1. Bonds and CDs are not mutually exclusive. You can have both.
  2. Bonds used to be better than CDs but no longer.
  3. Bonds are better than average CDs but the best CDs you can easily find are better than bonds.
  4. CDs can be used for long-term investing as well as short-term savings.
  5. You don’t need to keep 100% of your money liquid 100% of the time. Don’t pay for liquidity you don’t need.
  6. Having another account is not going to kill you. It’s good for your bottom line.
  7. It’s very easy to transfer money to a bank or credit union for CDs, even in an IRA.

[Photo credit: Flickr user marttj]

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  1. indexfundfan says

    By “transfer”, do you mean the transfer of assets from one custodian to another?

    On Vanguard’s brokerage in-kind transfer form, it actually states that most CDs cannot be transferred.

  2. Harry says

    No. I meant transferring some dollars from an investment account to a bank or credit union to fund the CD. The bank or credit union will give you a transfer authorization form. It will go get the dollars from your investment account. Here’s an example from Discover Bank.

  3. foss says

    I think the location issue is the main problem (and the absolute $ increase in returns).

    There is no easy way for me to get my bond fund $ out of my 401k and into a CD. It is now becoming increasingly correct to say that fixed income at paltry yields should sit in taxable accts. The problem is that for those of us with large allocations to fixed income in a 401k, this would require selling the fixed income (bond fund/treasury/TIPS) buying equity funds in its place, then coming up with new $ to purchase fixed income outside of the tax deferred acct – ie in taxable. Assuming a constant portfolio size, this is possible only by selling equities in taxable accounts which then incurs more taxable loss.
    For 1% (e.g) of yield net of 30-40% of taxes, this is maybe $300-$500 net/year, at best (and potentially much worse based on tax status).
    Sometimes inertia makes sense, or is guided by the unknowns.

    If I could relocate my fixed income I would. At this point, I max out I-bonds and dump TIPS at around the same rate (buy I-bonds in taxable, dump TIPS in tax deferred), but it has for better or worse made me save more and buy more equities.

    I do think it is a bit more complicated and in many cases, not worth the time involved.

  4. Frank says

    I agree with your article Harry. Currently, the fixed income portion of my IRA consists of three individual share certificates, of equal funding, at a credit union. The average dividend rate of the combined certificates is 3%.

  5. John says

    You mentioned that “For people in a high tax bracket investing in taxable accounts, muni bonds are still a better deal than CDs.” How would I bonds compare given that you can defer all taxes till maturity (when you will be in a lower bracket)?

  6. Harry says

    John – I Bonds work just like a variable rate CD, tied to inflation, with tax deferral. Whether munis or I Bonds will have a higher return in the end is anybody’s guess. Because of the annual purchase limit, in a taxable account just buy both if you are in a high tax bracket.

  7. Ben says

    Harry, how do you compare interest rate risk between CDs and bonds of different terms? VBMFX says it maintains an average term of 5 – 10 years in the bonds it holds, and the SEC yield is 1.45%. The Discover Bank CD you mentioned has a 1.85% yield on a 7-year CD (already gone down??) Does that mean these two have comparable risk levels?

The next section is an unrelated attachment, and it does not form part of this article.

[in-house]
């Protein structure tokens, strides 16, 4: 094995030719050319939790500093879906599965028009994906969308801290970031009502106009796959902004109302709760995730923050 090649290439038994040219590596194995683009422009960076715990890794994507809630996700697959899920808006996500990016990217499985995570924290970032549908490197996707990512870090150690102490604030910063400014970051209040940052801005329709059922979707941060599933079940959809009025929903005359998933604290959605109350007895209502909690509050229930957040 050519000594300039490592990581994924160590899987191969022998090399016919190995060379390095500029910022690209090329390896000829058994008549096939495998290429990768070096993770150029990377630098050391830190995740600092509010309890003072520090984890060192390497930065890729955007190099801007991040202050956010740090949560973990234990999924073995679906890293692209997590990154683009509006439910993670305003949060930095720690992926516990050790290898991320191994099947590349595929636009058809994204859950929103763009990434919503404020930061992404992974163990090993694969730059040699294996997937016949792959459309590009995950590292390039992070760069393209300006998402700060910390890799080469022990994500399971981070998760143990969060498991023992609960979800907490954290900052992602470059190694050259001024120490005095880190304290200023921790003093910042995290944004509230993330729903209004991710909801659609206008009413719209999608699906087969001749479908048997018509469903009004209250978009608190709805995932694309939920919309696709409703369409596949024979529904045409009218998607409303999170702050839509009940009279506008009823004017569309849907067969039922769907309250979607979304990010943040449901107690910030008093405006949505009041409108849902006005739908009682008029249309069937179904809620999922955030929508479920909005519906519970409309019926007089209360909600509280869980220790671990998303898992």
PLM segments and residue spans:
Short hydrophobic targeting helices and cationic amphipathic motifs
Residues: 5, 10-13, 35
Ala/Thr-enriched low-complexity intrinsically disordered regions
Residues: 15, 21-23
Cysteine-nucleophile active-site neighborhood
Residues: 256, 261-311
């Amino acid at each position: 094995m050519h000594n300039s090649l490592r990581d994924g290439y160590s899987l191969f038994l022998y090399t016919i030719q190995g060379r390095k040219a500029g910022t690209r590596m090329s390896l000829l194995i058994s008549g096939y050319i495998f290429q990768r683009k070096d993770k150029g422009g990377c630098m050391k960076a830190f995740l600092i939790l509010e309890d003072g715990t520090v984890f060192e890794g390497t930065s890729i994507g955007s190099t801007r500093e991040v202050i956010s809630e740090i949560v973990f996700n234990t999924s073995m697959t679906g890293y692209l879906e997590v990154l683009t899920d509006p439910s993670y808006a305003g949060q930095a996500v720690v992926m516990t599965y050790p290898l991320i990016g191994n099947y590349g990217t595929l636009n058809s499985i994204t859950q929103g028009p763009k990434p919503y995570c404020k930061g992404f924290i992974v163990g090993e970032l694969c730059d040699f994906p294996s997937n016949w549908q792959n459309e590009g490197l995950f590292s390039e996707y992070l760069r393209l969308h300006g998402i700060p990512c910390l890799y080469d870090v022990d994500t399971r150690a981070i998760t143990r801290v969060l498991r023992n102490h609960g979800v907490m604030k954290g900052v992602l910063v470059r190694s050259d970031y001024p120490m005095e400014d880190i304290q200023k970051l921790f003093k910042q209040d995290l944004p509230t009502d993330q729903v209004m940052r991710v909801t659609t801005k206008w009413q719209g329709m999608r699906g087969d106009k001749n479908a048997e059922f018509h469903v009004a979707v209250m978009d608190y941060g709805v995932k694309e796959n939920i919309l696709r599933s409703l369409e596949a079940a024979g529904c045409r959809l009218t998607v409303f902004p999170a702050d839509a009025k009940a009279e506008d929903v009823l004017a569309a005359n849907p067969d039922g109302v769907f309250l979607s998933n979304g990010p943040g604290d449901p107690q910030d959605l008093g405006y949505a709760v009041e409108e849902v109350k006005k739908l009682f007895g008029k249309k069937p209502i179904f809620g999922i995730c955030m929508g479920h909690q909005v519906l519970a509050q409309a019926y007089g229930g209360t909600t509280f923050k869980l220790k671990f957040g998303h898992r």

8. Harry says

    Ben – The interest rate risk is lower in CDs because the early withdrawal penalty is fixed and because its remaining time to maturity declines over time.

  9. Mary says

    Very interesting articles about CDs vs. Bonds — it helps to clarify the decision of where to put our fixed income allocation. So, to recap:

    1) I could transfer assets from a Traditional IRA at Vanguard or a 401k at Schwab into a CD at Discover Bank? The assets would still be part of the IRA or 401k but would be held at Discover in a CD?

    2) How can IBonds be held in a taxable account? For instance, they could not be held in my taxable account at Vanguard, correct? They would be held at TreasuryDirect, right?

    3) For muni -bonds in taxable accounts for high-tax brackets, would you recommend buying the specific state bond in which I live which is Ohio?

    4) What is your opinion on CDs linked to baskets of commodities? Our former Morgan Stanley advisor has tied up $350,000 of our money in these CDS for the next 3 – 5 years….which is awesome (not).

    Thank you for directing me to your website through the Boglehead board….very informative and I look forward to reading more of your blog articles!

  10. Harry says

    Mary –

    (1) IRA yes, 401k no, unless you are talking about the 401k of a former employer or if you are already 59-1/2, which can be rolled over to a traditional IRA.

    (2) I Bonds will have to stay at TreasuryDirect or in paper form if you already have the paper bonds.

    (3) Assuming you are talking about the Vanguard Ohio Long-Term Tax-Exempt Fund, that’s fine.

    (4) Depending on the specific offer. See A Case Study On An Index Linked CD. If you are already in them, just hang on until they mature.

  11. Mary says

    Thank you, Harry. Interesting article about the Index linked CD, too. One more new Boglehead question:

    What is the best way to perform rebalancing asset allocation with money tied up in 5 year CDs vs. something like the Total Bond Fund?

  12. TJ says

    Do you feel like today CD’s are still a better deal than bonds?

    That Discover CD is up to 2.18% for a 7 year, BTW.

  13. Jim Pelluso says

    Nice article. I think you have summed up most of the reasons why CDs are underutilized. I think the fixed income side of investing has always been a bit of an after thought – just buy a decent intermediate bond fund. That used to be pretty much true. The real excitement and sales pitch was what are you doing with the stock side? Also, brokers/brokerage firms don’t make money on CDs.
    Another subtle bias is that CDs were for unsophisticated investors like grandma. Buying a CD is like having a rotary phone.
    Finally, recommended allocations used to be categorized as stocks, bonds and cash. The last decade or so “they” have dropped the “cash” part.